The iPhone X Arrives Friday. Here’s What You Need to Know.

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Paying for It

Apple is selling the iPhone X with two options for storage capacity: 64 gigabytes for $999 and 256 gigabytes for $1,149.

There are various ways to pay that hefty price.

The simplest route is to pay for the device outright. This is the least confusing option because your wireless bill will only contain charges for your phone plan, and you can do whatever you want with the device — like sell it or switch to a different wireless carrier — whenever you want.

You can also opt to spread out the payments with a monthly installment plan. For example, if you are a Verizon customer, you can choose to pay off the $999 iPhone over the course of 24 months for $41.62 a month. This is a nice option because spreading out the payments does not incur interest fees.

Another option is to go for an early upgrade plan, which lets you pay a flat monthly rate and upgrade to a new iPhone annually. It’s essentially leasing a new phone every year.

There are various early upgrade plans on the market. With Apple’s early upgrade program, you can pay $49.91 a month, and once you’ve made 12 payments, you can trade in your iPhone to upgrade to the next one and continue paying that monthly rate. (I’m not a fan of this path because I suggest cherishing your devices for as long as you can before upgrading.)

Similarities to the Cheaper iPhone 8

Before you splurge, consider your options. Apple’s iPhone 8 and iPhone 8 Plus, which share many of the same features of the iPhone X, have starting prices of $699 and $799. The cheaper iPhones have the same computing processor as the iPhone X, so they are just as fast, and their 12-megapixel rear cameras are on par with the rear camera on the iPhone X.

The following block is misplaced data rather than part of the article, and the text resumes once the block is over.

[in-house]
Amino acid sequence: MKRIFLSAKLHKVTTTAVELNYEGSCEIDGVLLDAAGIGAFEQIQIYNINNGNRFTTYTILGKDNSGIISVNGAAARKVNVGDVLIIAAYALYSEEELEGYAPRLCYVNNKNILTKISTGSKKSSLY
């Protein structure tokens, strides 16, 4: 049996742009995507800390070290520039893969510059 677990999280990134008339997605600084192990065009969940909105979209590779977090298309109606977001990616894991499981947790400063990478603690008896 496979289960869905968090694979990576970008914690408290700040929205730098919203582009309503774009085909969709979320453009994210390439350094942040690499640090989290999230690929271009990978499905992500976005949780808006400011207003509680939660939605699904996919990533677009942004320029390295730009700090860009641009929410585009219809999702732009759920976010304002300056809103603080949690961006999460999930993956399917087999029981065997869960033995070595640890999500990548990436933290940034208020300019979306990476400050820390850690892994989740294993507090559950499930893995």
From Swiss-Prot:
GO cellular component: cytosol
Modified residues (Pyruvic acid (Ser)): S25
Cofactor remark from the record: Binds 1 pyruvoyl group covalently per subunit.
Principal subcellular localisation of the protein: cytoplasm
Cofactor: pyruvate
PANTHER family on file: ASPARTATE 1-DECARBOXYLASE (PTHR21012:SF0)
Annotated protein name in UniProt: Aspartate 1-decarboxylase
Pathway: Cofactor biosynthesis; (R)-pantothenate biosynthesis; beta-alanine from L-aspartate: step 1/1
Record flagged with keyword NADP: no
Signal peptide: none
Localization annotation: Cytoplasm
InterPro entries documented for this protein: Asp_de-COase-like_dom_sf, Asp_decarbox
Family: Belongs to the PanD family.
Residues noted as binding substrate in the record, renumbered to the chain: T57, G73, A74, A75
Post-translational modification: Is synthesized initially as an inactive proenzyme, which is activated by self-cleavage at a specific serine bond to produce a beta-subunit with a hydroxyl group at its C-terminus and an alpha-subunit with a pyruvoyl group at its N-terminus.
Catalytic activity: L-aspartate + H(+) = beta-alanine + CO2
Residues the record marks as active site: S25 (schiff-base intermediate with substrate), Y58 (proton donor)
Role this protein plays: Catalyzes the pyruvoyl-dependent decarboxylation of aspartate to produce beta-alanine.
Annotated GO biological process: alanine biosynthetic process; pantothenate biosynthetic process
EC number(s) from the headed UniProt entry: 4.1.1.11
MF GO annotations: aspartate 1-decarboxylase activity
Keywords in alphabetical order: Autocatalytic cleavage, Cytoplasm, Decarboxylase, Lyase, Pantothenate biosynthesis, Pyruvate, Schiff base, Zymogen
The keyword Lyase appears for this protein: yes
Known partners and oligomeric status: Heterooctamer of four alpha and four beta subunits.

So what’s the difference? Mainly, the screen.

• The iPhone X has a 5.8-inch screen that takes up the entire face of the device, with the exception of a notch at the top containing an infrared camera system.

• The iPhone 8 has a 4.7-inch screen, and the iPhone 8 Plus has a 5.5-inch screen.

Both of the cheaper iPhones have bezels — the border surrounding the display — whereas the iPhone X has eliminated the bezel.

Other than screen size, the screen technologies differ. The iPhone X is the only Apple phone that uses OLED, a type of display that can be made thinner, lighter and brighter, and with better color accuracy and contrast than its predecessor, LCD. So the screen on the iPhone X looks more vibrant than the iPhone 8 Plus and iPhone 8, which still use LCD.

Last but not least, the iPhone X has a unique infrared face scanner. The technology, called Face ID, uses the infrared camera system on the front of the phone to scan the contours and shape of a person’s head to unlock the device and authorize mobile payments. The iPhone 8 and iPhone 8 Plus have normal front-facing cameras for snapping selfies.

Photo

Face ID is a new feature from Apple that unlocks its premium iPhones.

Credit
Jim Wilson/The New York Times

How Face Recognition Replaces the Fingerprint Sensor

The primary way you can unlock an iPhone X is with the face scanner. The premium phone lacks Touch ID, the fingerprint sensor that has been a popular feature on iPhones for several years.

Face ID is brand new — there hasn’t been anything like it on a smartphone before. It works by spraying an object with infrared dots to gather information about the depth of an object based on the size and the contortion of the dots. The imaging system can stitch the patterns into a detailed 3-D image of your face to determine if you are the owner of your smartphone before unlocking it. Because the shape of a person’s head is unique, the likelihood of bypassing facial recognition with someone else’s face is one in a million, according to Apple.

Older facial recognition systems worked by using the camera to take a photo of yourself and comparing that with an image that was stored on the device. All a thief would need to do to fool the system was hold a photo of your face in front of the camera — which some people already did with Samsung’s facial-recognition feature. The false acceptance rate of older face recognition systems was one in 100.

It will be interesting to see how early adopters react to Face ID, and whether it will work well with many different kinds of faces. If you’re skeptical or turned off by the idea of your phone constantly scanning your face to unlock your phone, you could always get an iPhone 8 or iPhone 8 Plus, which still have Touch ID.

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